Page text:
The US dollar is tightening its grip on the global financial system at the expense of the euro, entrenching American hegemony and rendering the US Federal Reserve more powerful than at any time in history.
Newly-released data from the Bank for International Settlements (BIS) show that the dollar’s share of the $5.1 trillion in foreign exchange trades each day has continued rising to 87.6pc of all transactions.
It is the latest evidence confirming the extraordinary resilience of the dollar-based international order, confounding expectations of US financial decline a decade ago.
Roughly 60pc of the global economy is either in the dollar zone or closely tied to it through currency pegs or ‘dirty floats’, and the level of debt issued in dollars outside US jurisdiction has soared to $9 trillion.
This has profound implications for monetary policy. The Fed has become the world’s central bank whether it likes it or not, setting borrowing costs for much of the global system.
The BIS data shows that the volume of transactions in which the euro was on one side of the trade has slipped to 31.3pc from 37pc in 2007. The dollar share has ratcheted up to 87.6pc over the same period.
It is much the same picture for the foreign exchange reserves of central banks, a good barometer of global trust. The dollar share has recovered to 63.6pc, roughly where it was a decade ago.
The euro share has tumbled over the last eight years from 28pc to 20.4pc, and is barely above Deutsche Mark share in the early 1990s.
“There are no foreseeable rivals to the dollar as a viable reserve currency,” said Eswar Prasad from Cornell University, author of “The Dollar Trap: How the US Dollar Tightened Its Grip on Global Finance”.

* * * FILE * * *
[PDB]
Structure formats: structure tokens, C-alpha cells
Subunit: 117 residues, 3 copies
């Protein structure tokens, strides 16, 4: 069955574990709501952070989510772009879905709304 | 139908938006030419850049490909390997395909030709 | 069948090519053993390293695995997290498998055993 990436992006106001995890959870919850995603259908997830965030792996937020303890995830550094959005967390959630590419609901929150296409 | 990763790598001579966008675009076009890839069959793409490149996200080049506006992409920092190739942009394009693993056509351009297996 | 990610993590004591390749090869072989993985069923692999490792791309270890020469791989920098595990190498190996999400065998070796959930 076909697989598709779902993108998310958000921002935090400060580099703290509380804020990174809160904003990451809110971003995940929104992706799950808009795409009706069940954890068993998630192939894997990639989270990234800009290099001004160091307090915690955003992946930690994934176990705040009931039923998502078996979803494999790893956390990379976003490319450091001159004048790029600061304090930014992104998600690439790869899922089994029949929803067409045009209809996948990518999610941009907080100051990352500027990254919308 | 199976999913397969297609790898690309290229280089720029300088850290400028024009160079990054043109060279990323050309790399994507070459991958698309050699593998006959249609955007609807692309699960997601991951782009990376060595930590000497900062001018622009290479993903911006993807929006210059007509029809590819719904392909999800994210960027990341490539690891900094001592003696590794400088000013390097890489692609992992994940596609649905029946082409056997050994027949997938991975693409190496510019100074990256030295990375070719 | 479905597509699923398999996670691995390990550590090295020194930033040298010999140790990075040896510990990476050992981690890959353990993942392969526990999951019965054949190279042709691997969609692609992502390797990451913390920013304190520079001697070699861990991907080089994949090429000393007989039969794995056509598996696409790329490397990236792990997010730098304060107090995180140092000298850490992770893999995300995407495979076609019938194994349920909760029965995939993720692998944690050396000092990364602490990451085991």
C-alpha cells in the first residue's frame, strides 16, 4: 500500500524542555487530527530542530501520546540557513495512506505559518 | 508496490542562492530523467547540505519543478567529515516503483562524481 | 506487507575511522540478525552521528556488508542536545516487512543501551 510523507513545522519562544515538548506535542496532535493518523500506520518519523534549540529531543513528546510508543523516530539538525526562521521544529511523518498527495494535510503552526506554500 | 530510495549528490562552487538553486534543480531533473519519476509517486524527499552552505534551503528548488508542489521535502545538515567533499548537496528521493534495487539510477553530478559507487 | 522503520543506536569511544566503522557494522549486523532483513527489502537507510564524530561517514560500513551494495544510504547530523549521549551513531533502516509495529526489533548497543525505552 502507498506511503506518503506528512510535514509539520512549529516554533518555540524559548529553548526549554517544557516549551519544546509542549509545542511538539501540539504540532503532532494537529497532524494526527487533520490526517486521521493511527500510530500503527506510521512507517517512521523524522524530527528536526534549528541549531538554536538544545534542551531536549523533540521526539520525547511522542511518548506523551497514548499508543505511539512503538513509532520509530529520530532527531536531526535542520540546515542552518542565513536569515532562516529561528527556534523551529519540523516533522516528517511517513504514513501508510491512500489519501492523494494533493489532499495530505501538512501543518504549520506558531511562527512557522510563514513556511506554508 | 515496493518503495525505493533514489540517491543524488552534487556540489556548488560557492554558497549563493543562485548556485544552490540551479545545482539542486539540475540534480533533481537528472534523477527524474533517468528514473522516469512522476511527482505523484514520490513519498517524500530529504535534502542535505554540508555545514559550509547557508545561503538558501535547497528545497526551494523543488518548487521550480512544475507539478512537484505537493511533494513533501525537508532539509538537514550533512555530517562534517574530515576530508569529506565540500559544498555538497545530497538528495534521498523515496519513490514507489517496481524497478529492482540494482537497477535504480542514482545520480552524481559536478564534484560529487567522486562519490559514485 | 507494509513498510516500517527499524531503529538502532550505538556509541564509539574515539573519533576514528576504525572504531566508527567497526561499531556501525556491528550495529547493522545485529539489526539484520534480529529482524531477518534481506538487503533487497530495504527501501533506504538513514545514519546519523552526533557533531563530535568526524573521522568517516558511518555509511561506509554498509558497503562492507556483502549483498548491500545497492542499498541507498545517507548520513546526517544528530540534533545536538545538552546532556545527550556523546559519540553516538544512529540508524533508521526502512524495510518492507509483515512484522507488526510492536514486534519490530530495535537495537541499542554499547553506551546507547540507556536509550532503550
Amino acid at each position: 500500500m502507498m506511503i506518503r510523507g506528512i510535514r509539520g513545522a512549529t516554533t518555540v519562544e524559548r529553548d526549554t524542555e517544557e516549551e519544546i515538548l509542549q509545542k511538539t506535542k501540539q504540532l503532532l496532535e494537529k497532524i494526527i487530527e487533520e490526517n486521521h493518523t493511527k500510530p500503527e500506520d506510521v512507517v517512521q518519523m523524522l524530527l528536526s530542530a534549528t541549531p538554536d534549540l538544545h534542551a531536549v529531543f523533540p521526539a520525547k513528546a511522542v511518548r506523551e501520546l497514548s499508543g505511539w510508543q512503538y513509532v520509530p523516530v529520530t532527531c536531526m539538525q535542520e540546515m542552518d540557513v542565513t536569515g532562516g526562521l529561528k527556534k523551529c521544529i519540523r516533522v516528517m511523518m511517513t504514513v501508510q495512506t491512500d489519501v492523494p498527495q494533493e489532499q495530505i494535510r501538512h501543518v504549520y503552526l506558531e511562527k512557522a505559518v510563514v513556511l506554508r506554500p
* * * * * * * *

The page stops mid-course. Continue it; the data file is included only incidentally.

“The US is hard to beat. The US has deep financial markets, a powerful central bank and legal framework the rest of the world has a great deal of trust in,” he said.
The eurozone is crippled by the lack of a unified EU treasury, joint bond issuance, and a genuine banking union to back up the currency. It would require a change in the German constitution to open the way for fiscal union, an unthinkable prospect in the current political climate....
The shale revolution in the US and the revival of its energy intensive industries have eliminated much of America’s current account deficit. The US Treasury’s draconian policies forced a quick clean-up of the US banking industry, in stark contrast to years of debilitating drift in Europe.
The 20pc surge in the dollar index since mid-2014 has silenced any serious talk of a dollar crisis, and revealed just how painful this can be for emerging markets. “The world is more reliant on the dollar than ever before. I don’t think people appreciate this enough,” said Stephen Jen from Eurizon SLJ Capital.
The Fed discovered to its horror with the first ‘taper tantrum’ in 2013 that mere hints of a rate rise could cause the global markets to seize up, in an experience repeated episodically ever since, with a fresh rout earlier this year after the first actual rate rise in December.
The Fed has backed off each time, afraid of its international shadow. “They won’t dare hit the brakes. They are trapped,” he said.